Phnom Penh authorities yesterday continued to make short work of protests that might cast a less-than-flattering light on the city during the ongoing ASEAN summit.
In the morning, authorities quickly stamped out a motorcycle convoy planned by the Sam Rainsy Party (SRP) Youth Movement as its members gathered at SRP headquarters, detaining those who did not possess a valid driver’s licence and impounding their vehicles.
SRP Youth Movement president Soung Sophorn said the group had barely made it 300 metres from party headquarters before being blocked.
“Our will is to ask US President Barack Obama to call for the government to release political prisoners and other land activists, for a free and fair national election in 2013 as well as the national unification in parallel with the wisdom of King Father Norodom Sihanouk,” Sophorn said, adding that the group had intended to stage a peaceful protest outside the US embassy to draw attention to their plight.
Boeung Kak and Borei Keila villagers similarly attempted a second day of protests, gathering a crowd to march to Prime Minister Hun Sen’s Peace Palace, but were also thwarted by a large contingent of mixed police forces that barricaded the former lakeside area off, also blocking access to media and NGO workers’ vehicles.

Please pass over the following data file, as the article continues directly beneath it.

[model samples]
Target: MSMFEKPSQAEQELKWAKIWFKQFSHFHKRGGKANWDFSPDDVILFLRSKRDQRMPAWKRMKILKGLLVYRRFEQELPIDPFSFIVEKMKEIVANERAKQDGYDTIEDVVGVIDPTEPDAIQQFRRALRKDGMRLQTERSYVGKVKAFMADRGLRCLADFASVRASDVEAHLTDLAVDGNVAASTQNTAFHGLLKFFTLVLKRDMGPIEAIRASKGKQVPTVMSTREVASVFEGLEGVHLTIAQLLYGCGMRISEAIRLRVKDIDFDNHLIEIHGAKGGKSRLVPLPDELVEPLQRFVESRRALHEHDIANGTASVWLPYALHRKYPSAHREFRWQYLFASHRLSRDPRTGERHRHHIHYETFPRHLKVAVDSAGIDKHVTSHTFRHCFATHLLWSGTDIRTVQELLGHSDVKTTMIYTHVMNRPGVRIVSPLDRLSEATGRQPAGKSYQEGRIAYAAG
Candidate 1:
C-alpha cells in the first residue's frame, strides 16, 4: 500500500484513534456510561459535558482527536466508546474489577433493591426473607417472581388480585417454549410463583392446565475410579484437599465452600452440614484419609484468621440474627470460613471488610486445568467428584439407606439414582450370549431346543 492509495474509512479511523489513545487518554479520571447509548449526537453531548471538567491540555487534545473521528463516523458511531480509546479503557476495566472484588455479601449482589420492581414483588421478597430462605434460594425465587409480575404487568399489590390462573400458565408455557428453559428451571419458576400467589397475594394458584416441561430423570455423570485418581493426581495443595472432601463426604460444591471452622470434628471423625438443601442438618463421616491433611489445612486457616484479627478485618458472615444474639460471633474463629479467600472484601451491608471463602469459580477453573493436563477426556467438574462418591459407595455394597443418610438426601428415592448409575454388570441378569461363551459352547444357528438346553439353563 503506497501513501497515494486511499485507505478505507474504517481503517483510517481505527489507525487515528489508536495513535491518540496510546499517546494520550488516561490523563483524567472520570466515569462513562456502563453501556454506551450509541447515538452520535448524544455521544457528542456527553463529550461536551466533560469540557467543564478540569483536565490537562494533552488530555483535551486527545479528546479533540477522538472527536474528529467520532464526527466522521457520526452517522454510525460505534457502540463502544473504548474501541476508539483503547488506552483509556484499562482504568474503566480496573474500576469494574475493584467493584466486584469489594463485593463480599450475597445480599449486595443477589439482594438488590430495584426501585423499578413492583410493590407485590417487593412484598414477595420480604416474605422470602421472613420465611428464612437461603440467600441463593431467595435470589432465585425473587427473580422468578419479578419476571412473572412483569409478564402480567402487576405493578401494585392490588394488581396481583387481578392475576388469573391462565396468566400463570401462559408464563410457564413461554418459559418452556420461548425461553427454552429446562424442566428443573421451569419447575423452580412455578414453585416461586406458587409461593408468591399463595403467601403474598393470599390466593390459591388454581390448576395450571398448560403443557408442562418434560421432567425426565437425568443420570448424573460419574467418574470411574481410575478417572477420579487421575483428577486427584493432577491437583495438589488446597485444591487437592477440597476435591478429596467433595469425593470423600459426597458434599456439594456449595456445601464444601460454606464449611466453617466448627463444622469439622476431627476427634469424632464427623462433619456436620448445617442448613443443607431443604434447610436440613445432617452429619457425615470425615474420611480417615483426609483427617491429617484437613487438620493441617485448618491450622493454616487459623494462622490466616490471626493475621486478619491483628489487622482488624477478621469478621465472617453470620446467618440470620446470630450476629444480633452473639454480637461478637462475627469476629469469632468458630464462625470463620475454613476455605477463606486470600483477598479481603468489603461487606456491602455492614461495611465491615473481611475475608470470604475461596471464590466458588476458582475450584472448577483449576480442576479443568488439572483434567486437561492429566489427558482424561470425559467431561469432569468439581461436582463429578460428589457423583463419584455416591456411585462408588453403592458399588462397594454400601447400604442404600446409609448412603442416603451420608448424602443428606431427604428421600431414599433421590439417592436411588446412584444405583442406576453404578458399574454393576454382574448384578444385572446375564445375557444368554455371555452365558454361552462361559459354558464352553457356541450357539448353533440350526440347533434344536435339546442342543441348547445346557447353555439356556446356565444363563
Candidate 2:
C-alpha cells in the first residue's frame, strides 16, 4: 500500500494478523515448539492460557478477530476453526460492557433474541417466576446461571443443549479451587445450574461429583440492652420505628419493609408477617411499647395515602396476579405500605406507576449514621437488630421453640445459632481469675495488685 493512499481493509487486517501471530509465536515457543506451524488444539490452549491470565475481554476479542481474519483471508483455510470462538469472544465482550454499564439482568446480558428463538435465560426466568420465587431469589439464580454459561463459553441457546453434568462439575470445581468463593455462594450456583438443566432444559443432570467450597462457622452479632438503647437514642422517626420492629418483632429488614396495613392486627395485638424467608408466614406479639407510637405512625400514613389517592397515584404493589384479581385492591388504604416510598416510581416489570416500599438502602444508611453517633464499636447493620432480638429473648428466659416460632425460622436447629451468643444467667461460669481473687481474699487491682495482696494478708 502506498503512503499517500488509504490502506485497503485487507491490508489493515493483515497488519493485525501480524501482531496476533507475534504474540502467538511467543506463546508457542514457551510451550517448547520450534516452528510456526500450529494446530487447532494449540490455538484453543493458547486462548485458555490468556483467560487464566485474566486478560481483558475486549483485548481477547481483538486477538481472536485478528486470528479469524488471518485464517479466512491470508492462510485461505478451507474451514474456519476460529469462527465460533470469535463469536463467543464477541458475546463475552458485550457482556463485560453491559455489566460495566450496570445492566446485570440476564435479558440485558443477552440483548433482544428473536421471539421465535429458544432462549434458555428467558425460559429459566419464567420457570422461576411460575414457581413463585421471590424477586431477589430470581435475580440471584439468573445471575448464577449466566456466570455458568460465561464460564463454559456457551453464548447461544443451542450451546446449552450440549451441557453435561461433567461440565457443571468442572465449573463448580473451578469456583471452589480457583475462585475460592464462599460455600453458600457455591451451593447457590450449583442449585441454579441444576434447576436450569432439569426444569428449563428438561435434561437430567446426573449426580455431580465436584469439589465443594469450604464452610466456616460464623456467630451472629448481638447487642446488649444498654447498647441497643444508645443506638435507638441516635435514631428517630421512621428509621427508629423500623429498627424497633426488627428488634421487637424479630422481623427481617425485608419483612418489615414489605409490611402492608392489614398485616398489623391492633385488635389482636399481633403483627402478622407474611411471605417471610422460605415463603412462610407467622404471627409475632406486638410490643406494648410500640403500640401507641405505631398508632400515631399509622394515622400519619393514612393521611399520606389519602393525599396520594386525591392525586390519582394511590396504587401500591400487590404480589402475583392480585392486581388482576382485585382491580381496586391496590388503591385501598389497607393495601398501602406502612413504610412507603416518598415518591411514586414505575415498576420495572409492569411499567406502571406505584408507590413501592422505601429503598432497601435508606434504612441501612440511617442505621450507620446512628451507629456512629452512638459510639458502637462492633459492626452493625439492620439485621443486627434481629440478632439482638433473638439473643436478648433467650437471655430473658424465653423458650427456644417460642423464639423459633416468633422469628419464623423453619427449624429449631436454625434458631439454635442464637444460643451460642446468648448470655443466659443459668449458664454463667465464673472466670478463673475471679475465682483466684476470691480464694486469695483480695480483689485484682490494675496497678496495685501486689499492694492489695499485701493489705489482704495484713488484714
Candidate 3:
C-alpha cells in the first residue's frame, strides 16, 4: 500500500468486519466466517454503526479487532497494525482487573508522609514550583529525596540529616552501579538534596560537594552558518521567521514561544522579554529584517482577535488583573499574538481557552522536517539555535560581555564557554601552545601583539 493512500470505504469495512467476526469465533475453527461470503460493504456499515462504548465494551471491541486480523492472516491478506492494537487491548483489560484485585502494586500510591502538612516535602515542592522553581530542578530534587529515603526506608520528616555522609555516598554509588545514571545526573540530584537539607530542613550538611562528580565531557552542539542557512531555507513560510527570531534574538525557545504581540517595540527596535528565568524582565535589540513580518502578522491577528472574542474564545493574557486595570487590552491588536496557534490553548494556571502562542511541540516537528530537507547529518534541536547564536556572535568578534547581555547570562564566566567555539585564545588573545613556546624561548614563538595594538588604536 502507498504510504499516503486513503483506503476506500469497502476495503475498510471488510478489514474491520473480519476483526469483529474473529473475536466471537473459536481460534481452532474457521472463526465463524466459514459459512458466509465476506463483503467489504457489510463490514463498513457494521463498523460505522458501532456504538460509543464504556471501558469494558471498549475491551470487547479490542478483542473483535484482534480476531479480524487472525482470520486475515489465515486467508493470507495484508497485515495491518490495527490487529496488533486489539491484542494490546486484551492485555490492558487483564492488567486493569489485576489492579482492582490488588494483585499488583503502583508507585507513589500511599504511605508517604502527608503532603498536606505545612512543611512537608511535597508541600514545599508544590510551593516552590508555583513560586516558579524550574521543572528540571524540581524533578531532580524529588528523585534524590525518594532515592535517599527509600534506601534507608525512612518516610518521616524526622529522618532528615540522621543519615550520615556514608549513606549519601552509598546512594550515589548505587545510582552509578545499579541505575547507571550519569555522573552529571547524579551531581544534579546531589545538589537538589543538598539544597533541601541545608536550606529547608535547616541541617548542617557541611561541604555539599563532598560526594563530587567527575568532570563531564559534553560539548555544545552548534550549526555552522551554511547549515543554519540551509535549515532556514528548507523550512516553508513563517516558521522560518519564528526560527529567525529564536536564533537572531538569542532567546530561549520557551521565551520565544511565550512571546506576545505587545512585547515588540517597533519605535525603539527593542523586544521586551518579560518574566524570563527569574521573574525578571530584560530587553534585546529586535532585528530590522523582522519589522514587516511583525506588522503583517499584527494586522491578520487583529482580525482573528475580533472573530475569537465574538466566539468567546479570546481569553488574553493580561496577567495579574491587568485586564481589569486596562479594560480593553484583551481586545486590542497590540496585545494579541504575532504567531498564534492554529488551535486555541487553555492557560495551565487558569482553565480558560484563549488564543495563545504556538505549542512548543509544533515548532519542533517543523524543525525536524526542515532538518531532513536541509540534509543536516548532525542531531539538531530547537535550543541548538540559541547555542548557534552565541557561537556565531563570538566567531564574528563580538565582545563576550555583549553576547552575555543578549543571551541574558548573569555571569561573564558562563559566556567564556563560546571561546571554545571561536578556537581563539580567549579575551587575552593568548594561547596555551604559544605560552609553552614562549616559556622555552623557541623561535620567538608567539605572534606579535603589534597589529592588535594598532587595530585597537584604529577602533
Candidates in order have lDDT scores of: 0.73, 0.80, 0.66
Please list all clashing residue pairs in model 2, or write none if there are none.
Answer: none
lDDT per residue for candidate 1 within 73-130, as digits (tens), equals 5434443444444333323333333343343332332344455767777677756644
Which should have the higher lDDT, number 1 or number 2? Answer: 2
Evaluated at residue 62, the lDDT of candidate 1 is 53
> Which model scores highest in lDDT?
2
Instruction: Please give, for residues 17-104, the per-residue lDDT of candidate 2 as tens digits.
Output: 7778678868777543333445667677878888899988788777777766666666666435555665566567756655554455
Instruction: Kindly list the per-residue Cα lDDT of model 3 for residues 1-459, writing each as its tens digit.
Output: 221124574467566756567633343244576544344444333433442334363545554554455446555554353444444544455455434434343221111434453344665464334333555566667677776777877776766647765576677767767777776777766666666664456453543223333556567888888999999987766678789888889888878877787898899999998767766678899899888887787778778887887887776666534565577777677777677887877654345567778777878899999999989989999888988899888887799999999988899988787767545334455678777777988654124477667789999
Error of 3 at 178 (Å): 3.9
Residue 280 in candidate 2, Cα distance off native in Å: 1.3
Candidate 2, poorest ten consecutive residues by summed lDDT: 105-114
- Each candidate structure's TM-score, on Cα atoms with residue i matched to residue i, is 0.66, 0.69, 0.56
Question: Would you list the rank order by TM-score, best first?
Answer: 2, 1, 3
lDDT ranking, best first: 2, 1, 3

About 100 police armed with riot batons and shields fenced in the protesters, who later retreated to the sandy plateau that was once their lakeside neighbourhood.
Both face-offs petered out peacefully, but the large allocation of security forces assembled to disband peaceful public assemblies was a dire indictment of freedom of expression in Cambodia, Am Sam Ath, senior investigating officer of the rights group Licadho, said.
“As host of the ASEAN Summit, it is a great opportunity for us to reveal the political will of respect for human rights to the globe, because Cambodia is one of the democratic countries where the freedom of expression mustn’t be narrowed down.”
Phnom Penh municipal police chief Chouh Sovan could not be reached yesterday.